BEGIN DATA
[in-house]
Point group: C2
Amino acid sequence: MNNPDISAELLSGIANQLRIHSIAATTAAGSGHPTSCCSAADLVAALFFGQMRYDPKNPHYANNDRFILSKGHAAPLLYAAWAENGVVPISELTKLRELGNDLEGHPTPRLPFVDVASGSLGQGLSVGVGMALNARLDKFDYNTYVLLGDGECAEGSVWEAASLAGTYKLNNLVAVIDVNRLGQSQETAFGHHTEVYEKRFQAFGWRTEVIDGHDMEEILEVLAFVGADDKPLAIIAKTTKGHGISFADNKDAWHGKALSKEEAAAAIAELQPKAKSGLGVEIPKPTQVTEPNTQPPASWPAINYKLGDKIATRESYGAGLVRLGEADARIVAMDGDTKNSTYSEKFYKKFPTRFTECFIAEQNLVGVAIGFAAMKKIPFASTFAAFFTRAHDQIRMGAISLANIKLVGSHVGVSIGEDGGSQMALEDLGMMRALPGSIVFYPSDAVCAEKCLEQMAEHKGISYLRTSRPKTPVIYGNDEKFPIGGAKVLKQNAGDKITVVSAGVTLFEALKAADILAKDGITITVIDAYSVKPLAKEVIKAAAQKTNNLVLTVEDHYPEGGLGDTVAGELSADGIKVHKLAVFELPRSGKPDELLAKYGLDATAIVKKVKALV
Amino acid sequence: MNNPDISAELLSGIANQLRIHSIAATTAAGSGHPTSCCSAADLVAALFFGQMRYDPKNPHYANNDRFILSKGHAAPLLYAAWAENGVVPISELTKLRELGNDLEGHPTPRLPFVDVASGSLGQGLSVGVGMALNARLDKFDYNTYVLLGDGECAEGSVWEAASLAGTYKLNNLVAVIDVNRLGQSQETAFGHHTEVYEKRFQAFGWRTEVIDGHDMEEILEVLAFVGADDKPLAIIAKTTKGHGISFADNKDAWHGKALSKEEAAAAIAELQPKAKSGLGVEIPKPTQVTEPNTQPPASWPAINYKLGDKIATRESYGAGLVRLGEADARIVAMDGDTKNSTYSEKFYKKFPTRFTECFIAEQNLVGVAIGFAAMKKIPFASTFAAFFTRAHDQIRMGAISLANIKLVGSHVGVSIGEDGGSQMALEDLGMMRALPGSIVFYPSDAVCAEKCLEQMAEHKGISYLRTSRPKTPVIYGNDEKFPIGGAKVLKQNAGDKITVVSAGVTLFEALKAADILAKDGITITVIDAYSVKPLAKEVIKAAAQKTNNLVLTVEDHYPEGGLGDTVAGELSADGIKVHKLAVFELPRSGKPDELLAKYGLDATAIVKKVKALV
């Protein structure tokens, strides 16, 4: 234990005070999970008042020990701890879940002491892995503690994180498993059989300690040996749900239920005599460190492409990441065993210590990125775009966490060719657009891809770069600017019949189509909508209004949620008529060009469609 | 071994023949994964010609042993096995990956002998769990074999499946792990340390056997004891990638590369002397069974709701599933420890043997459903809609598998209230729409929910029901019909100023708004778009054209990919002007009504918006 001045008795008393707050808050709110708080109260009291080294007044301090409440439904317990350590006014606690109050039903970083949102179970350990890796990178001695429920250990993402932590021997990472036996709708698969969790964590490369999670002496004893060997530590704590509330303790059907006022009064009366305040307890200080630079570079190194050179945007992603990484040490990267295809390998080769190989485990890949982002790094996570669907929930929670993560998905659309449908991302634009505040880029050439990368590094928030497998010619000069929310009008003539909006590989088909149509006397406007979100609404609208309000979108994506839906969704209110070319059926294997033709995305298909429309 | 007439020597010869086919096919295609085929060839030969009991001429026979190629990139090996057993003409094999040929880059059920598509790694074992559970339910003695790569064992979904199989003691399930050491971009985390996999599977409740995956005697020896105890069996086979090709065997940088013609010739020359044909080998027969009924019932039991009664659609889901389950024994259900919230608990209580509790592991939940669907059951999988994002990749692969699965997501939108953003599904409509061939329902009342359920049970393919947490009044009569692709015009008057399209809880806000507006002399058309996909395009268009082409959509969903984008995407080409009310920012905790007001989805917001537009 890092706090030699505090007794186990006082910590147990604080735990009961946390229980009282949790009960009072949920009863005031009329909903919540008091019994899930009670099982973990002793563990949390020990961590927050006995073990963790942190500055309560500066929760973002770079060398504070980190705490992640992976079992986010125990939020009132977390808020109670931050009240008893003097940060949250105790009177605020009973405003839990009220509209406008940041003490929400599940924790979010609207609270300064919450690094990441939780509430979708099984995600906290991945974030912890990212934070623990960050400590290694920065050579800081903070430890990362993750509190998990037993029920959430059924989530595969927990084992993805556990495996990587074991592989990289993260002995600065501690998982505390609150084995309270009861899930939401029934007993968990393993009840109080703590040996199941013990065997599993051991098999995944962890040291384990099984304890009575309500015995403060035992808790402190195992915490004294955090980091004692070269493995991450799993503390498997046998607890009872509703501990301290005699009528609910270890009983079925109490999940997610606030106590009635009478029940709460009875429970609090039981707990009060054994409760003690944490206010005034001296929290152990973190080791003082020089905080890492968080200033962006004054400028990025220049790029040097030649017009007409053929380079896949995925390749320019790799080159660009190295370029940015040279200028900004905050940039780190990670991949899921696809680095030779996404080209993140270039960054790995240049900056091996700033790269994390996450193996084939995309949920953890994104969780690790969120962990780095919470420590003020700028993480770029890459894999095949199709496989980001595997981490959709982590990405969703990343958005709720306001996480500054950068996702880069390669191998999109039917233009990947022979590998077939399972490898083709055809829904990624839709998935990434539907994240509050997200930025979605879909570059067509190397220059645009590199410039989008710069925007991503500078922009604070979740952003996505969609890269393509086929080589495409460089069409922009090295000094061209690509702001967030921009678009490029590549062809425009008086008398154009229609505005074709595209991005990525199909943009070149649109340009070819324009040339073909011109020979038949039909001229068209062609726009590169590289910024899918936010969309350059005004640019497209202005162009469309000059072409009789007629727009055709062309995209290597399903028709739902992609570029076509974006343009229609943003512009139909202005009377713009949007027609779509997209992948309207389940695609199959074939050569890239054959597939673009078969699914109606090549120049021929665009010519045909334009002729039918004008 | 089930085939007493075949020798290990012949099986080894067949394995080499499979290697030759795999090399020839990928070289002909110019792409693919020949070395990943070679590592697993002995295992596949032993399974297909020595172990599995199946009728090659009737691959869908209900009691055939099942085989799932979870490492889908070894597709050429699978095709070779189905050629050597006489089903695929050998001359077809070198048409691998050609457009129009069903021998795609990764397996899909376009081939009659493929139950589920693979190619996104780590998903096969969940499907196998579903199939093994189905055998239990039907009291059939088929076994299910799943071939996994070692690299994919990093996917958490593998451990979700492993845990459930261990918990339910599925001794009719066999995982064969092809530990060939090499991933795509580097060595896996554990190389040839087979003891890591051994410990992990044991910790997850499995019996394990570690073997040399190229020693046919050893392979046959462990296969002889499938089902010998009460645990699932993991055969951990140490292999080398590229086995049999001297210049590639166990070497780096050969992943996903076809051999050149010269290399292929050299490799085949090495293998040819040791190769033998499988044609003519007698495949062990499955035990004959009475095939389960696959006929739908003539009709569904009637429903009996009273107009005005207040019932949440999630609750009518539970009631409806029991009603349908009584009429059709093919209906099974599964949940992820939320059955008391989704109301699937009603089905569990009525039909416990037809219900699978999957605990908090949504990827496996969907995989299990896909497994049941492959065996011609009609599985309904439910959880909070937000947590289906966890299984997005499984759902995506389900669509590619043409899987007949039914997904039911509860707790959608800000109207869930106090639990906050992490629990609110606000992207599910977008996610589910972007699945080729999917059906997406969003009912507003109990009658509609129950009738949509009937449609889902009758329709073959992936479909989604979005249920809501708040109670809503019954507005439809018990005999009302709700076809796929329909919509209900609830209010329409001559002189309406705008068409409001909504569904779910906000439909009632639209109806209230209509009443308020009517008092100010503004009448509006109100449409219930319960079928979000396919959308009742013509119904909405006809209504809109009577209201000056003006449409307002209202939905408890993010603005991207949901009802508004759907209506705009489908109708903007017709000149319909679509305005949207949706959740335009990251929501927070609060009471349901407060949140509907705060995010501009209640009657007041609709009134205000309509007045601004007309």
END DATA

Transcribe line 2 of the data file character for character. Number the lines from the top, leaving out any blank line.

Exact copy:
Point group: C2